So there I was, all signed up to Great South Run and working my way through the C25K programme. By this time it’s summer, it’s hot and the distances I’m running are getting longer.
Then a friend mentioned Strava. Oh heck, now there were segments to run and PBs to get and my natural competitiveness reared its head. I was now beginning to tell family, friends and colleagues about my running and the plan for the Great South Run. After much eyebrow raising, some words of encouragement and the usual “isn’t it bad for your knees” comments, sponsorship money began to come in and it was now getting very real. I was actually going to have to do it wasn’t I? There was no backing out now! I was now at the point of having to juggle work, socialising and running. At work I would look longingly out of the window planning that evening’s run route and wondering how fast I could get certain segments run in. My Fitbit got upgraded thanks to my Daughter-in-Law, and a complete drawer in my wardrobe was now dedicated to running clothes. My old trainers were long since retired and I began to take it a whole lot more seriously.
Then on 17th September 2019, three days before my 47th birthday, I did it. I got a Queen of the Mountain crown on a segment on my local favourite route. Ok so it was only a 23 minute sprint up a local 7.8% hill but it was my crown all the same. I was now putting in some good runs and was regularly running 10k but there was still quite a jump needed to the 10 miles I would need to get round on GSR. In late September I had a week off whilst I went off on holiday to Zante, I took my running gear with me with all great intentions, but I was with a non-runner and the pool/bar/sunshine was where I stayed. I also managed to catch a cold whilst I was there so when I returned I had to get back on it, complete with germs and having not run for a week. I went out for a terrible 14k run but couldn’t do any more.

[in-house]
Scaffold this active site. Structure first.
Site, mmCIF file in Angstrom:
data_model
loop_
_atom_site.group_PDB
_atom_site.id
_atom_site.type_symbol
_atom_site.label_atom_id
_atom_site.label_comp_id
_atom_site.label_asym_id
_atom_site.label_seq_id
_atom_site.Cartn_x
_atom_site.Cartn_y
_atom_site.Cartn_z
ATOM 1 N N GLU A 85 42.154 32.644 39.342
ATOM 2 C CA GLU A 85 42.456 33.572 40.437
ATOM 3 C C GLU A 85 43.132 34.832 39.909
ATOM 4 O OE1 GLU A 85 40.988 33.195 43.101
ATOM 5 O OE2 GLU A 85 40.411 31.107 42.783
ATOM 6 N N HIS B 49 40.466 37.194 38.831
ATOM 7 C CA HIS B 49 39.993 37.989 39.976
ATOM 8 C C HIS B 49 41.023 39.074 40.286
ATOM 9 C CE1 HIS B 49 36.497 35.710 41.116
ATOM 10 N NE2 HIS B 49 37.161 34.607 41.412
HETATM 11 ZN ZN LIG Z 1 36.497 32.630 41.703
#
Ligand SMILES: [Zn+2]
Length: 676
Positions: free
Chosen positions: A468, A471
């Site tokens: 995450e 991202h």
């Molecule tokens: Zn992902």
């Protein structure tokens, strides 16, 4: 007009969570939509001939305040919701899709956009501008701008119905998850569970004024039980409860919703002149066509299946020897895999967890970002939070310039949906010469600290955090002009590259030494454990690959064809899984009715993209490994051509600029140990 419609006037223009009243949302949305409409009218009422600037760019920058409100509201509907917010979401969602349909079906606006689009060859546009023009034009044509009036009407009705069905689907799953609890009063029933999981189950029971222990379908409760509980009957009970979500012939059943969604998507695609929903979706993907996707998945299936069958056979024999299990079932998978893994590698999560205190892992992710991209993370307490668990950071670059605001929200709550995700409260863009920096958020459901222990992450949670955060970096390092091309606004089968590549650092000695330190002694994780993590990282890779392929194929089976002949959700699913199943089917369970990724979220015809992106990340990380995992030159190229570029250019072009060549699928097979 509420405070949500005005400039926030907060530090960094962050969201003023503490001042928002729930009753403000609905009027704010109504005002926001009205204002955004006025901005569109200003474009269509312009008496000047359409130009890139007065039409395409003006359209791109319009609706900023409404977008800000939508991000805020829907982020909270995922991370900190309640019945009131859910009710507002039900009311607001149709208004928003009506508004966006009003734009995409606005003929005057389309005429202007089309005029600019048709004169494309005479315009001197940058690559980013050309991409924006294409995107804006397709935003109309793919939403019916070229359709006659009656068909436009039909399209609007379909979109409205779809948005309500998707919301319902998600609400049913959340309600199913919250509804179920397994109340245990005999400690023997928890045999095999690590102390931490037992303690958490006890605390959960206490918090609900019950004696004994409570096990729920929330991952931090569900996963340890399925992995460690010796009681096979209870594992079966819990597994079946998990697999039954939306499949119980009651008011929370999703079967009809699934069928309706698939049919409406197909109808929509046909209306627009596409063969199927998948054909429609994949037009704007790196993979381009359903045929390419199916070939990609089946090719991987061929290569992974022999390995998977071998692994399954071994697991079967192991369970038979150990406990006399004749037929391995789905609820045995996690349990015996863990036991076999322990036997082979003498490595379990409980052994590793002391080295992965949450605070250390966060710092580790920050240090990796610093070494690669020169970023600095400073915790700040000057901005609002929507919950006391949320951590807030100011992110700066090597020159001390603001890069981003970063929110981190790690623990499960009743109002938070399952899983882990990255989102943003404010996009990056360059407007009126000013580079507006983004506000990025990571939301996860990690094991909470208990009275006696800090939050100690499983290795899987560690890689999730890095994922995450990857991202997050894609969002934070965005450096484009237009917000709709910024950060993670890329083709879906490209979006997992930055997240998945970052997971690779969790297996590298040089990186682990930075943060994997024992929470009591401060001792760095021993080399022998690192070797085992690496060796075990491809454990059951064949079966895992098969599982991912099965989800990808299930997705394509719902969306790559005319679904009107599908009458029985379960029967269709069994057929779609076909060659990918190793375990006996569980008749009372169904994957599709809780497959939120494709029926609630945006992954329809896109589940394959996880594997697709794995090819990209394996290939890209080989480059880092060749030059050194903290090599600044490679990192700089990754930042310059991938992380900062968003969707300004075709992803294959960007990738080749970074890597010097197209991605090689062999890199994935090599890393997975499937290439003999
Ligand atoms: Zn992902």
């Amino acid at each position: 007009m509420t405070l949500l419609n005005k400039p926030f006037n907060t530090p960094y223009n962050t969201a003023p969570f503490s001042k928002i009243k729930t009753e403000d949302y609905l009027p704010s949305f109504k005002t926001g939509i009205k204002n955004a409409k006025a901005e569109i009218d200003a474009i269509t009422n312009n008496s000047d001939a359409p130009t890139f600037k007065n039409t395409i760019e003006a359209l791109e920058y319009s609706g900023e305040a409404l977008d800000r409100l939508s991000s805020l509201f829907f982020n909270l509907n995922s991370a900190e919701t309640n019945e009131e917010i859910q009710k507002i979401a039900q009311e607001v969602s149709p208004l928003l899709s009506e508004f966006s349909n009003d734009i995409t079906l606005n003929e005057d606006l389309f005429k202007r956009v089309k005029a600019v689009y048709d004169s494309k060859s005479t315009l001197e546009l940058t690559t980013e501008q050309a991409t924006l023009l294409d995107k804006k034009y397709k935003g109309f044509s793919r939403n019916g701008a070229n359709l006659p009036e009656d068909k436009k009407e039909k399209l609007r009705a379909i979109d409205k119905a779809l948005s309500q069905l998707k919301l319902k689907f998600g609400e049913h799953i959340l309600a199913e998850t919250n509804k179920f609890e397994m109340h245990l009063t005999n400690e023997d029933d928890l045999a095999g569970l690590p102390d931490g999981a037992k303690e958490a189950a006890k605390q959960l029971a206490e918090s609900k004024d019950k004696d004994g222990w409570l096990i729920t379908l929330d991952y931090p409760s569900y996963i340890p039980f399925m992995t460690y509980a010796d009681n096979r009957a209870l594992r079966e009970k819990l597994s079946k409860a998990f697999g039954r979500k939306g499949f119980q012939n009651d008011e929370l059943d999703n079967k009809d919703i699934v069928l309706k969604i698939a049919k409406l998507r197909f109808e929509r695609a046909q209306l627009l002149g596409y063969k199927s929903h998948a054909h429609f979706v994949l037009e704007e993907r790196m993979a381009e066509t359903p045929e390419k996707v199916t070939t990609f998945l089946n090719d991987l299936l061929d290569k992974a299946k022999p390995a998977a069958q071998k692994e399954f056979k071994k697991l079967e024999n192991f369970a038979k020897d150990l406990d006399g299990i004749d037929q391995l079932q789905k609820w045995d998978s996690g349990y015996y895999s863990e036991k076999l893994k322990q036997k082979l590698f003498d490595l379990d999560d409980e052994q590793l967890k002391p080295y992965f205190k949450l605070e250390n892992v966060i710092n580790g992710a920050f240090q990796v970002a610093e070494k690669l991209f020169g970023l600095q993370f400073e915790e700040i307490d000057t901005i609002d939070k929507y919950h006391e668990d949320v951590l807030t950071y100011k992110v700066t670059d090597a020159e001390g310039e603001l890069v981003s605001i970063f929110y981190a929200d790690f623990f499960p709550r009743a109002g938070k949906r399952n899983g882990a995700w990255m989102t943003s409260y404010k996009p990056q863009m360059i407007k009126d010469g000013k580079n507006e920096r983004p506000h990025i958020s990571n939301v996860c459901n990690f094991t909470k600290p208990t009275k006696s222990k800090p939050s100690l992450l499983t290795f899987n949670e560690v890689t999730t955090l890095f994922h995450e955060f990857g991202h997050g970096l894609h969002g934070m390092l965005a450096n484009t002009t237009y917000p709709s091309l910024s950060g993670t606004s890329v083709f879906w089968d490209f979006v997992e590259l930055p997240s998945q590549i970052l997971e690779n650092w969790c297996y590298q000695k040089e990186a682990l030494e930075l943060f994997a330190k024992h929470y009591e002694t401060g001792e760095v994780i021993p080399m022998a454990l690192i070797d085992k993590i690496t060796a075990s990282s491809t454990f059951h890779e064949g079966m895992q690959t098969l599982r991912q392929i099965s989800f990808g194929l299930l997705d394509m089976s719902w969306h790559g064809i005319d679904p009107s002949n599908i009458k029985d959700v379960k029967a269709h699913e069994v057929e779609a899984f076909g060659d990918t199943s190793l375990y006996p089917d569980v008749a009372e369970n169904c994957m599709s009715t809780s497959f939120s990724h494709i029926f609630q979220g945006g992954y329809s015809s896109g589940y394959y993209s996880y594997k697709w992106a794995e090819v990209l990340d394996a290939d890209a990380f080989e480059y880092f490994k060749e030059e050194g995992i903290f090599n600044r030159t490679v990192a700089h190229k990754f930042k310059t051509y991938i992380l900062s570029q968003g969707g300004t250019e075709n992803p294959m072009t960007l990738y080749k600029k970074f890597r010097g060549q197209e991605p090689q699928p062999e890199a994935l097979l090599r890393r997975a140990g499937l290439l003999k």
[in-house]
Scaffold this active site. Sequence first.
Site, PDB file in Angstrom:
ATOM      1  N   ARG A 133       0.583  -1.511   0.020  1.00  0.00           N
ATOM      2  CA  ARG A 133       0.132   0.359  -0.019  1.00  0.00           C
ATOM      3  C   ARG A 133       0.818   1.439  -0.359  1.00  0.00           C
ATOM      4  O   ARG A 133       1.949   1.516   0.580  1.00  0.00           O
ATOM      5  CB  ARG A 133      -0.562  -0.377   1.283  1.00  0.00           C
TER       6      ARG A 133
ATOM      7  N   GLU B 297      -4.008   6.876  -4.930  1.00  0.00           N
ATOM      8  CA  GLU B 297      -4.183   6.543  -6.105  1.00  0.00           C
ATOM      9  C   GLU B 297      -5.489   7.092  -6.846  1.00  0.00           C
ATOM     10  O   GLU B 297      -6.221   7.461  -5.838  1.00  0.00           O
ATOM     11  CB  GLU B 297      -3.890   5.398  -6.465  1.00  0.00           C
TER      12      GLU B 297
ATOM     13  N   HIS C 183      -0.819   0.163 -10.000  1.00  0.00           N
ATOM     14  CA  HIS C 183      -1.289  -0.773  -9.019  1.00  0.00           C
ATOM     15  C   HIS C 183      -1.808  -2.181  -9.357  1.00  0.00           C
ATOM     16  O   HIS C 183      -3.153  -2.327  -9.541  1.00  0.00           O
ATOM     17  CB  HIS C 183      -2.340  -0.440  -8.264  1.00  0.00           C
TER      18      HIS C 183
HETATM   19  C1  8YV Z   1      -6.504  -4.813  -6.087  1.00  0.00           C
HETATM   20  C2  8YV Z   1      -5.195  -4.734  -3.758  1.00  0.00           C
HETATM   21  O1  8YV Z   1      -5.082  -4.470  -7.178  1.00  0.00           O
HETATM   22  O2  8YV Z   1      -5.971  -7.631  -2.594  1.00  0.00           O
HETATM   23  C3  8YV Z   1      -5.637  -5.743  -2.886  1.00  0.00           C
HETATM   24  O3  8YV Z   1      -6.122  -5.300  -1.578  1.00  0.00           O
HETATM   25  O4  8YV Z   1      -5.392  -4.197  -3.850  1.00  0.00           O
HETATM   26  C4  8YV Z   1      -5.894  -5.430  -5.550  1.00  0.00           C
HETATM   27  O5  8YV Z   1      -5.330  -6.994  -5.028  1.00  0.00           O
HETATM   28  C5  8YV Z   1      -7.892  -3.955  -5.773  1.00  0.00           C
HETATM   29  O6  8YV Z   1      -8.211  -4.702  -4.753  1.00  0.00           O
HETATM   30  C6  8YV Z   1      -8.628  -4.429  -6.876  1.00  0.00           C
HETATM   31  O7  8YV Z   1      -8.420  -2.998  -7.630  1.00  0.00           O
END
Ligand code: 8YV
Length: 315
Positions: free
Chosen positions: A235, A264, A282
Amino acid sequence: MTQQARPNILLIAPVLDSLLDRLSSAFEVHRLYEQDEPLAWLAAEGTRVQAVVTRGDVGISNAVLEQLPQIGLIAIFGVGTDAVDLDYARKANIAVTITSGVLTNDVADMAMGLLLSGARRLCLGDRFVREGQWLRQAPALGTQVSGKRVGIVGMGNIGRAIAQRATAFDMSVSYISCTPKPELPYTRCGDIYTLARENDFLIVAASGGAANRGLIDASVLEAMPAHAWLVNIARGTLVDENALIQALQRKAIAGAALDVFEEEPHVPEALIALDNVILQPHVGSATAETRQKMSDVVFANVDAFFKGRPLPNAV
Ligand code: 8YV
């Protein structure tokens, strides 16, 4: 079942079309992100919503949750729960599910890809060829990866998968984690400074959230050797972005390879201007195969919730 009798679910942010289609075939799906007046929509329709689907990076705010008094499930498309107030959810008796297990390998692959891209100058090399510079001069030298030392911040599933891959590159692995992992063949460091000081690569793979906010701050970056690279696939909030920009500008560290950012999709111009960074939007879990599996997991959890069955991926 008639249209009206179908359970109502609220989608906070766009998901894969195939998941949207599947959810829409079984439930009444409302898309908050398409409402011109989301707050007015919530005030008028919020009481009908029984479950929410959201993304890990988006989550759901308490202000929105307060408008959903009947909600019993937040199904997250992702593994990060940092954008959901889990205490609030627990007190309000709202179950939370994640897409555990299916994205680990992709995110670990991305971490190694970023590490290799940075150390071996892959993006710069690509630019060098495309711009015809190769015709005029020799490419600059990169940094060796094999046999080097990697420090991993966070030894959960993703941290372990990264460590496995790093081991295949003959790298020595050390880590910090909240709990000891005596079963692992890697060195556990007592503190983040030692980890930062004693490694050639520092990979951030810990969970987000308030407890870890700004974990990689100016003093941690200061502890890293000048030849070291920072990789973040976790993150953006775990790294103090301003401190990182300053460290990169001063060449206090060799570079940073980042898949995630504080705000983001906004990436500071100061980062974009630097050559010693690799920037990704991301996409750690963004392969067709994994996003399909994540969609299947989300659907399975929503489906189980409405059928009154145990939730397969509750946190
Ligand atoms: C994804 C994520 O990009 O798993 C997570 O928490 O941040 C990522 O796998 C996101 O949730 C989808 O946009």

Colleagues who had run races previously kept telling me I’d be fine and that the crowd will “carry me” the extra distance. Again, I was full of self-doubt and didn’t understand how on earth the crowd would carry me unless one of them was going to give me a piggy-back! By this time my son had come clean and said he wasn’t going to do the GSR with me but that I could stay at his the night before the race and he’d cook me a nice roast afterwards. This seemed a decent deal I figured as there was no way we were going to run at the same pace anyway!
So here we were, October 20th 2019 and race day. Oh goodness the nerves, what was I doing here? I’m not a runner! All these runners round me who clearly knew what they were doing and then there was me. I felt so out of my depth. Remember, I’m not sporty! Yet here I was lined up with the other 20k+ runners warming up and ready for the off. How many times did I need one last wee? This was ridiculous, then oh heck, there was the horn to mark the start and the crowd of runners pushed forward. I started my Fitbit and tried to ignore the feeling of my bursting bladder. Before I knew it I was a mile in, and then two, and then three… I reached the 5k flag and then the 10k flag. How was I still running? It was like I was having an out of body experience! I did struggle around the 12k mark, having to walk a bit whilst munching on a couple of jelly babies. Then I passed some firemen who were collecting money as they ran round in full fire-fighting kit. One of them turned to me and said “come on; you’ve got this”. I began running again and refused to stop. I even managed a sprint finish! I came across the line in 1:48:20. I was over the moon. The runners high lasted about two weeks and I immediately signed up to GSR 2020. That though, was just the start. The journey goes on and 2020 will include a half-marathon. So is this my mid-life crisis? Well if it is, I’m enjoying every moment of it!
Well done Jenny and thanks for contributing. We look forward to the next update.
Sam & Vicky xx
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